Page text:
When it comes to cyber-threats and defense, the U.S. government says that critical infrastructure threats are a growing concern. Rob Joyce, senior advisor of cybersecurity strategy for the National Security Agency (NSA), said that while attacks targeting the systems that power the manufacturing, power and water plants, the oil and gas industry, and many other sectors have been around for awhile, the trend “is going the wrong way.”
Attackers have been targeting critical infrastructure for a while: including the 2016 Ukrainian outage and going all the way back to the 2013 Iranian DDoS attacks. According to a Kaspersky Lab report earlier this year, a full 41.2 percent of industrial control system (ICS) were attacked by malicious software at least once in the first half of 2018.
Read more about the cyber-threats to critical infrastructure on Threatpost.
Adam Kujawa, Director of Malwarebytes Labs, has been contemplating the evolution of malware attack and defense, attempting to work out strategies to stay ahead of cybercriminals in what has always been a technological game of leapfrog.
While malware has continued its trajectory of increasing stealth and persistence, defenders currently have the edge with their introduction of artificial intelligence (AI) and machine learning (ML). Meanwhile, the criminals have adapted their methodology by seeking to ‘fly under the radar’ of defense systems, and to add persistence to their infiltrations.
Read more about Adam Kujawa’s view on the evolution of malware attack and defense on SecurityWeek.
To address the growing concern of cyber-warfare, NATO has launched the “Cyber Coalition 2018” in Estonia. The exercise is a “War Game” focused on defense and counter-attack in the arena of digital battle.
The activity is taking place just 50 kilometres (30 miles) from the border with Russia, seen by the West as the biggest cyber threat after a string of attacks blamed on the Kremlin. Targets have included world sports bodies, the US Democratic Party and the world chemical weapons watchdog in the Netherlands. NATO says such assaults are becoming more “frequent, complex, destructive and coercive”, and are launched not just by state actors like Russia, China and North Korea but also by criminal gangs intent on extortion and “hacktivists” looking to embarrass big organisations.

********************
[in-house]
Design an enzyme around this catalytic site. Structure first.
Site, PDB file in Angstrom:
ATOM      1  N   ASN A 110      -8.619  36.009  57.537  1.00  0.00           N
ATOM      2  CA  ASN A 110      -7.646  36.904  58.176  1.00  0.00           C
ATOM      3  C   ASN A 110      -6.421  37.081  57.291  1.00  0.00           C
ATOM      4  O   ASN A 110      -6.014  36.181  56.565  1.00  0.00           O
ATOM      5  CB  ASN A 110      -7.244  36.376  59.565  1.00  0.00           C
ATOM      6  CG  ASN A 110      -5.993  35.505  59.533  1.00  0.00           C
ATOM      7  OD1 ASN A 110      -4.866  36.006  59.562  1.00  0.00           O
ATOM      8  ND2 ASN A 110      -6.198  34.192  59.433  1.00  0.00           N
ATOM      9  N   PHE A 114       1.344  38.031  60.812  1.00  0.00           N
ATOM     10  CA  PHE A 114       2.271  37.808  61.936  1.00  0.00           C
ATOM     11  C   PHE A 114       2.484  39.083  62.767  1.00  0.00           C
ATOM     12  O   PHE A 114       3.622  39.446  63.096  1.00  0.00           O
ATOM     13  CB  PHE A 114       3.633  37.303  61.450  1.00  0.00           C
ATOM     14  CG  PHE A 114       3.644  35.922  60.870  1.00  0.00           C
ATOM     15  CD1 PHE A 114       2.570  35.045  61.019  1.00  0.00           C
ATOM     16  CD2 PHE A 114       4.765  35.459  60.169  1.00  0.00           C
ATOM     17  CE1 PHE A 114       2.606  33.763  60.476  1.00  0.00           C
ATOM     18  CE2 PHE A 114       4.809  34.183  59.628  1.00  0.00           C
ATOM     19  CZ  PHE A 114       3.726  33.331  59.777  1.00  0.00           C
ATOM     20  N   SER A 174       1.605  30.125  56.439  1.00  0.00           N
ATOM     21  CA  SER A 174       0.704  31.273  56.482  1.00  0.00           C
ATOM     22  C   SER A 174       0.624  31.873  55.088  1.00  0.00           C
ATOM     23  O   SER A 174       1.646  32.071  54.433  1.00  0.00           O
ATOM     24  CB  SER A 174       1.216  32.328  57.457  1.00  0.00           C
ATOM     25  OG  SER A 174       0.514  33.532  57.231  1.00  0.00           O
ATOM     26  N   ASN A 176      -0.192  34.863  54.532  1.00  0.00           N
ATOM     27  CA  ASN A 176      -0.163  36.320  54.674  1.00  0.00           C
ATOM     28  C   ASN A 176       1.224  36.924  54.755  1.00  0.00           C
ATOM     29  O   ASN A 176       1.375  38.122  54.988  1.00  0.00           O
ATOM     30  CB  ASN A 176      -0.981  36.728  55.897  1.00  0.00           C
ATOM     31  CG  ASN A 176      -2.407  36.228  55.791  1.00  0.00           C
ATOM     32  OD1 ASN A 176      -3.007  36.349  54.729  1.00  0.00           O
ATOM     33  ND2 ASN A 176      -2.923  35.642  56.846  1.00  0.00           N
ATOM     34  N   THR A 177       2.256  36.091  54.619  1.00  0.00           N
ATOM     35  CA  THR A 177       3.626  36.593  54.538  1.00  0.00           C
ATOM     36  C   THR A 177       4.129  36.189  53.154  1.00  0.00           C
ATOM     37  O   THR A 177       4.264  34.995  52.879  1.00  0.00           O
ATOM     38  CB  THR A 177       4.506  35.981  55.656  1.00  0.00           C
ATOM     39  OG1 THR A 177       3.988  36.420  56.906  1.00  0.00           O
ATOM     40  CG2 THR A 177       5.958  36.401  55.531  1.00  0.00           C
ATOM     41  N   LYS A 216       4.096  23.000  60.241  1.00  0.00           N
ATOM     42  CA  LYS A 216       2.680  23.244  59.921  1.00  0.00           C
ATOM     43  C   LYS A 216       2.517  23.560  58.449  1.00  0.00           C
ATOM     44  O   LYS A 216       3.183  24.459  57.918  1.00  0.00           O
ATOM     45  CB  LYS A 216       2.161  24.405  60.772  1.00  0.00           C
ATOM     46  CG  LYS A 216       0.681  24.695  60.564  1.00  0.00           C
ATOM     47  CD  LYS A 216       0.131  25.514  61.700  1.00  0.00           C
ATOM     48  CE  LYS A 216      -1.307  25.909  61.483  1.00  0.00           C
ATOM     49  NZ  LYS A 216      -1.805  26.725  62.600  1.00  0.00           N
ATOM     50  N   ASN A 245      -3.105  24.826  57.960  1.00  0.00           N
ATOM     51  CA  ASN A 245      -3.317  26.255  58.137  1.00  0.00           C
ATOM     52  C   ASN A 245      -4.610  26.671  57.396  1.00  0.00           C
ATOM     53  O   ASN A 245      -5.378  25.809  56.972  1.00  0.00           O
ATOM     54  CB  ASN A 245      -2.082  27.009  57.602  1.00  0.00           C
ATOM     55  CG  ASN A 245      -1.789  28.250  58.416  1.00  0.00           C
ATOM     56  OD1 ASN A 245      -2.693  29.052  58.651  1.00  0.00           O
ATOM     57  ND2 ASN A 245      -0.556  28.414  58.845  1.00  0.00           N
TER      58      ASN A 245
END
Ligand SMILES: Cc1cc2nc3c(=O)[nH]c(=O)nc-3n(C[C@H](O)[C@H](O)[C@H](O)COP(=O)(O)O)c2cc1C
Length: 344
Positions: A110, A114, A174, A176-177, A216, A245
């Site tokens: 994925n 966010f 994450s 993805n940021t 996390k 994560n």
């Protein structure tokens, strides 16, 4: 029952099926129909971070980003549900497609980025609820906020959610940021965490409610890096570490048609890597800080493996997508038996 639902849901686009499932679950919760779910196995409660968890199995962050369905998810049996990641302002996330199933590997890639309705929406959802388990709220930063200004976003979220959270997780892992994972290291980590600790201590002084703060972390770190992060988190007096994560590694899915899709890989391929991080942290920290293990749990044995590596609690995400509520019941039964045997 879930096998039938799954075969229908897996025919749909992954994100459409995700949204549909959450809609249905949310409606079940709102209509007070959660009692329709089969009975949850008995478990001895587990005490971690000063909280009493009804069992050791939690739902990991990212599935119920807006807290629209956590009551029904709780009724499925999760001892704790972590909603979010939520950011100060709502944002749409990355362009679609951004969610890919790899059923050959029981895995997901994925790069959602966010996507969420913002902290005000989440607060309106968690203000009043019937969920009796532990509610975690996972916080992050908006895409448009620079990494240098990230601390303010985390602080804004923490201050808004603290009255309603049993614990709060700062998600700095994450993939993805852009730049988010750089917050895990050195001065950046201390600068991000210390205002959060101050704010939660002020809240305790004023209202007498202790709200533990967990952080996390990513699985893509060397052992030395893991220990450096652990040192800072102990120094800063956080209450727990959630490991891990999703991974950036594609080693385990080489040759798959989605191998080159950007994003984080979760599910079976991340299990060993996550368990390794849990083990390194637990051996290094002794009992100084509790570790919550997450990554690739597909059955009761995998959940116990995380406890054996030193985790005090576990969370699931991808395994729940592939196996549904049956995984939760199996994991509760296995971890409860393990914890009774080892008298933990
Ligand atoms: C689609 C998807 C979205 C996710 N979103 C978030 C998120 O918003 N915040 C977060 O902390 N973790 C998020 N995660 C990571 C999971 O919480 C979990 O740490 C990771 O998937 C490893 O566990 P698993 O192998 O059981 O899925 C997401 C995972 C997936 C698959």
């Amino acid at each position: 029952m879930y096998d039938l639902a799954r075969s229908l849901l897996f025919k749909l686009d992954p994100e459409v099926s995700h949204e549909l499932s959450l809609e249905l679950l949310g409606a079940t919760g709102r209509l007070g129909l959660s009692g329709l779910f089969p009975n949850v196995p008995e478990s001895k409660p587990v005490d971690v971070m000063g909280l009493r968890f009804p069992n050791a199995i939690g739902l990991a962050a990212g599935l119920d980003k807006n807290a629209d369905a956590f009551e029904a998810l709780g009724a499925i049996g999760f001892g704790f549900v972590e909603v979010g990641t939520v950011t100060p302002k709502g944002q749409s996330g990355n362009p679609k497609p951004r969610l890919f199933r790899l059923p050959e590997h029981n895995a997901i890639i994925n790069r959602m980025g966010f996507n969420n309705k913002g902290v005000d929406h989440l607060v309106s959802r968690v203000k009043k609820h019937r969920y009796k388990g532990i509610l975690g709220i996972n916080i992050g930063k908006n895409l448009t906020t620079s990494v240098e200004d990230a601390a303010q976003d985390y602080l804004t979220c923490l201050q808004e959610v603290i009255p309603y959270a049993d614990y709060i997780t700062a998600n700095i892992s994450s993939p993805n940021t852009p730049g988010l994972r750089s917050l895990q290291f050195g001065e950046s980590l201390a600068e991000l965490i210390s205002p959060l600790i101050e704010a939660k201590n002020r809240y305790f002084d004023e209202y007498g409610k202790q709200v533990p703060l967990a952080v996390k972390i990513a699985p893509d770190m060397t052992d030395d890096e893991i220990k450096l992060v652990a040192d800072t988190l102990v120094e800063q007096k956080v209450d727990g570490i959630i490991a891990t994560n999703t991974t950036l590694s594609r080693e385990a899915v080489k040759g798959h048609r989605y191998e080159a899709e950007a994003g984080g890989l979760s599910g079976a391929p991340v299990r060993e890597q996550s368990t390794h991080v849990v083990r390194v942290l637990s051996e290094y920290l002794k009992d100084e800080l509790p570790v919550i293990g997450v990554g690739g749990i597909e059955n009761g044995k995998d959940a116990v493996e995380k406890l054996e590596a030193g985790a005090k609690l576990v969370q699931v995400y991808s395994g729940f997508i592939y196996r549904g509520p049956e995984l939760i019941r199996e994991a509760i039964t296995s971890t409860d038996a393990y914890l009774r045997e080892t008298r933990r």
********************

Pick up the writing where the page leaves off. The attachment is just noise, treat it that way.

Different credentials are used by billions of users daily to authenticate themselves in their physical and digital lives. From physical keys to tokens and cards to login and password combinations – all are vulnerable to attack. According to Verizon, 81% of hacking-related breaches leveraged either stolen and/or weak passwords.
Obtaining valid credentials using multiple mechanisms and tools continues to be extremely lucrative for a cyber-criminal. However, with a greater understanding of the lifecycle of a stolen credential, under-pressure security teams can put in place effective countermeasures to prevent attacks and mitigate the damage when one happens.
Read more about how early detection of compromised credentials can help mitigate the damage of cyberattacks on Infosecurity Magazine.
UK ministers are failing to act with “a meaningful sense of purpose or urgency” in the face of a growing cyber threat to the UK’s critical national infrastructure (CNI), a parliamentary committee has warned.
The joint committee on national security strategy said at a time when states such as Russia were expanding their capability to mount disruptive cyber-attacks, the UK’s level of ministerial oversight was “wholly inadequate”. It urged Theresa May to appoint a cybersecurity minister in cabinet to take charge of the efforts to build national resilience.